The correspondence that followed John Smith's column (12 September, page 29) about suicidal pricing to win work is a perfect example of the lack of innovative thinking in our industry.
I agree with Brian Moone when he invites firms to wake up (3 October, page 34). But given that most best practice advice is about delivering the project once it has been won, what the industry desperately needs is knowledge about how to win work it can make a profit from.

We have to adapt ourselves to the economic needs of our clients. We must demonstrate that we are truly client-centric and we must not simply churn out our same old tired solutions while making Egan-like noises. In my work, I see many contractors' initial proposals. Most do not explain how they can deliver more than their competitors, and so the client decides solely on price.

What readers should worry about is whether their bidding processes have evolved over the past 10 years. Informed clients, such the Highways Agency, are introducing methods of procurement that identify required outcomes and leave it to the supply-chain to come up with the best solution. With escalating bid costs and the rise of e-procurement, further dramatic changes are inevitable. The real question is, are you ready?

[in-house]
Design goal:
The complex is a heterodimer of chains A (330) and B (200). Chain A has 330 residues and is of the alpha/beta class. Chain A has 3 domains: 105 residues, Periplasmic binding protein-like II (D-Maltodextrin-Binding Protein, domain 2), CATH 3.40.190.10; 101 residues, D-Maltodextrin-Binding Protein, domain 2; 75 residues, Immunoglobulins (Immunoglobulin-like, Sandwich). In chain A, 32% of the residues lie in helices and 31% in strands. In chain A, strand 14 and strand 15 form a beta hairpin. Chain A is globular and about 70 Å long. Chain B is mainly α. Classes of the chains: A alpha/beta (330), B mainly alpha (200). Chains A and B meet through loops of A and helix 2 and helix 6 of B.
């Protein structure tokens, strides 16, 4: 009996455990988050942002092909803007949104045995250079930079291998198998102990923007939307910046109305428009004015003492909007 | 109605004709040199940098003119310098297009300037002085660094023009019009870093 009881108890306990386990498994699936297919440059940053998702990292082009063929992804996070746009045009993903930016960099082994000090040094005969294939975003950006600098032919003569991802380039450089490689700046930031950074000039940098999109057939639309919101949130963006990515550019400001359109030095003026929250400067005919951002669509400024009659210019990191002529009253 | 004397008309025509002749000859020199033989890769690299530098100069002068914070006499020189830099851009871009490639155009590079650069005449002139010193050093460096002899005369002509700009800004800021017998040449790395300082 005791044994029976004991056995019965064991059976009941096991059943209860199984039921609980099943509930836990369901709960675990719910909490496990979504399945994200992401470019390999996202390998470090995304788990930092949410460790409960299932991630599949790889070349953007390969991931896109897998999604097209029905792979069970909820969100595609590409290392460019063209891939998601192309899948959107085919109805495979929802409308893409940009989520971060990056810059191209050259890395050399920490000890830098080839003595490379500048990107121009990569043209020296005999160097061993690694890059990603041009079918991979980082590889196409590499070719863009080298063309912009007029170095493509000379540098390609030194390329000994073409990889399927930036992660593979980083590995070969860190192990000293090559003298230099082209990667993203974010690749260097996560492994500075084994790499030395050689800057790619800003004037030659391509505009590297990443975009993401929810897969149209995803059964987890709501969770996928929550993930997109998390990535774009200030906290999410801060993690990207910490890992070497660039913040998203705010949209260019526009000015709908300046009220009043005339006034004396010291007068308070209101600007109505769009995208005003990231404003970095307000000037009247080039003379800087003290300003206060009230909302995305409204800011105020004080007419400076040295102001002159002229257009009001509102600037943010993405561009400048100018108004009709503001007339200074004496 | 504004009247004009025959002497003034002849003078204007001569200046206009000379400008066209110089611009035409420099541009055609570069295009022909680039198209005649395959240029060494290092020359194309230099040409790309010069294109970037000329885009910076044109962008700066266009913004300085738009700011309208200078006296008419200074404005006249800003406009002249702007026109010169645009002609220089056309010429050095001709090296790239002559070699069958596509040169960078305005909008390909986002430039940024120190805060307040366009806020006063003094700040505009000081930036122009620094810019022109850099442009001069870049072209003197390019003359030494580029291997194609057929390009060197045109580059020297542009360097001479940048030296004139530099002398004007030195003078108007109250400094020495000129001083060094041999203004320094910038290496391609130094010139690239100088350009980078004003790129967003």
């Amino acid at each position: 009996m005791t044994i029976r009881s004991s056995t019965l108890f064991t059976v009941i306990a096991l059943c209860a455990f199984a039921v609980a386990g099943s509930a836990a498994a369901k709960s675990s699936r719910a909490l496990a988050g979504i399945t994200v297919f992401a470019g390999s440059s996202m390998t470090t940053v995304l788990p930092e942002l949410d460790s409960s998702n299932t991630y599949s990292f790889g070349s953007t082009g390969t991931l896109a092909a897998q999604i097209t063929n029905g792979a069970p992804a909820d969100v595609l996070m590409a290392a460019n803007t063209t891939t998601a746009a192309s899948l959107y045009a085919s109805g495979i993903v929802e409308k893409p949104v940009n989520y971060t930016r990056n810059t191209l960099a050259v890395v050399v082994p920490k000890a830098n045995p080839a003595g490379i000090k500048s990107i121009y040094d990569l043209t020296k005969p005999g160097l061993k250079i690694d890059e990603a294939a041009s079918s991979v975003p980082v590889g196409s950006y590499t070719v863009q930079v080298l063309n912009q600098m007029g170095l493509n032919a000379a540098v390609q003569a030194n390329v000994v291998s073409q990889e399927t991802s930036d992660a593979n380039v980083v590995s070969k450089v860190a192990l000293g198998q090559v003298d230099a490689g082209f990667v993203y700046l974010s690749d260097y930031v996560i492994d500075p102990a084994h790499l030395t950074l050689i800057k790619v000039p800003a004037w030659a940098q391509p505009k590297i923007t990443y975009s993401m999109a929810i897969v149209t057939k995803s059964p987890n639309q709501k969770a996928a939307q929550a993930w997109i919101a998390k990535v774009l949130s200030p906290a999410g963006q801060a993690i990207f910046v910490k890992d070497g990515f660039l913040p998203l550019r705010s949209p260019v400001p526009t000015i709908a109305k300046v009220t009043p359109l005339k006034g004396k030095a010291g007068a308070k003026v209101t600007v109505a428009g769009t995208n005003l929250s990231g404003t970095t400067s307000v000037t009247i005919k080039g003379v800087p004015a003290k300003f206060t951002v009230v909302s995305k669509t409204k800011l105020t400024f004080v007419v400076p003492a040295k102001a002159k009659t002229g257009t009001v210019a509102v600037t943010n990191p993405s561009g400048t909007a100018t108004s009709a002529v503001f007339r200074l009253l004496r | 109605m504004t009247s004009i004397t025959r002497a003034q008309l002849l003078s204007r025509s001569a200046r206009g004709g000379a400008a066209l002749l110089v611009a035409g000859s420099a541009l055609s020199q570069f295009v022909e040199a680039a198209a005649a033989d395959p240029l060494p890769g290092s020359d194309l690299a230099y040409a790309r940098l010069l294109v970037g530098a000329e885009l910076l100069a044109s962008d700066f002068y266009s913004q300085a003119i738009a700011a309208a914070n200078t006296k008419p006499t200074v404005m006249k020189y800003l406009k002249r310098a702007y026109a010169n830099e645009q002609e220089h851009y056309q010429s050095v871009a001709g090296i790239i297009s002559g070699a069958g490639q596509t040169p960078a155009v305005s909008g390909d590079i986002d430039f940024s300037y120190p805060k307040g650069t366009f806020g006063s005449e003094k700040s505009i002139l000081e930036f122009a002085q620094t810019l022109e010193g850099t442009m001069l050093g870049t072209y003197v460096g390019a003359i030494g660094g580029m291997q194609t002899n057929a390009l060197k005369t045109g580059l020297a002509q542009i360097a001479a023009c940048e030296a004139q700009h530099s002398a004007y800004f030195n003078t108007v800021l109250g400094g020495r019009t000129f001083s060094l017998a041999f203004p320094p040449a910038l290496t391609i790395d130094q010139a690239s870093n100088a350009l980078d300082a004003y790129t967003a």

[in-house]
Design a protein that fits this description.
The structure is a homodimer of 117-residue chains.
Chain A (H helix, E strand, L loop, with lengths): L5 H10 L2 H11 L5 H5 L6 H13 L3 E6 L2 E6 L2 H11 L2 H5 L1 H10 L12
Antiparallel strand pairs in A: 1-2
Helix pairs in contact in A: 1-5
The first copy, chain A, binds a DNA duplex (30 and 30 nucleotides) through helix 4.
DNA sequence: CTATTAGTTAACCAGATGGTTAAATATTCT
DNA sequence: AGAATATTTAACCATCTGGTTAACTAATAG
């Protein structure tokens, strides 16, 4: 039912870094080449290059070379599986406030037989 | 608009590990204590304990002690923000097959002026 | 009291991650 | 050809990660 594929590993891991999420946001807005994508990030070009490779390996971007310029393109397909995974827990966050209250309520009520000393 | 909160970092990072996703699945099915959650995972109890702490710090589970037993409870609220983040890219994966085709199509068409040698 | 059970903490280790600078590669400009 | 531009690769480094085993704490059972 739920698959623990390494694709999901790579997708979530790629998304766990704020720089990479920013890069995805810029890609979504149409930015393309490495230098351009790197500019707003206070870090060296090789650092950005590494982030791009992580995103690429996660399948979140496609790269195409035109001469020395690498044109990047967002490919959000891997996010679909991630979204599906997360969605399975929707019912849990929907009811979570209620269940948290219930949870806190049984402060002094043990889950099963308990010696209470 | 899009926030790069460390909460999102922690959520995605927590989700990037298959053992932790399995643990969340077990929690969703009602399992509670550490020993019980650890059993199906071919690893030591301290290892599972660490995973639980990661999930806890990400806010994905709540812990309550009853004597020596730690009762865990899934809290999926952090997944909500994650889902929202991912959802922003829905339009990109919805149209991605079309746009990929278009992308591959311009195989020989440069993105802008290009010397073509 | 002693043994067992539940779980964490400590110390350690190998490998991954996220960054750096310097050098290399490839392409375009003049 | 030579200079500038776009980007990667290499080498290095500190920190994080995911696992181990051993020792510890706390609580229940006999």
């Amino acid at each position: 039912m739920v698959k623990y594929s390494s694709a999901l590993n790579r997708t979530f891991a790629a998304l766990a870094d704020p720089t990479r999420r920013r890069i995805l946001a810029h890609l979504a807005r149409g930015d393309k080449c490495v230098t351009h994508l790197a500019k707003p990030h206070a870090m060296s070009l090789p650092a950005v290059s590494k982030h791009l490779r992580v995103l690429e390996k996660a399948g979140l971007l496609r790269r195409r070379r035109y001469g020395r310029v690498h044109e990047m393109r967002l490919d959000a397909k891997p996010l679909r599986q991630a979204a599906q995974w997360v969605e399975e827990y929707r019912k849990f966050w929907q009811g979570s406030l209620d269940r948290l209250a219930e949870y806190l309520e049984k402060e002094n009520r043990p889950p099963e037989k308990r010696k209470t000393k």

If I have provoked any of your readers to rethink their proposals may I suggest they come along to our annual conference – Bidding to Win – to hear more. As a special offer to Building readers, if they subsequently believe the investment of £99 entrance fee for the proposal-writing master class was not worth it, they can either have their money back or attend a series of bid-writing clinics that I will facilitate without further cost.

John Smith is right when he says there are two construction industries, but in my view they are divided along the line of those who want to culturally change their business development processes and those who vainly hope everything will remain the same.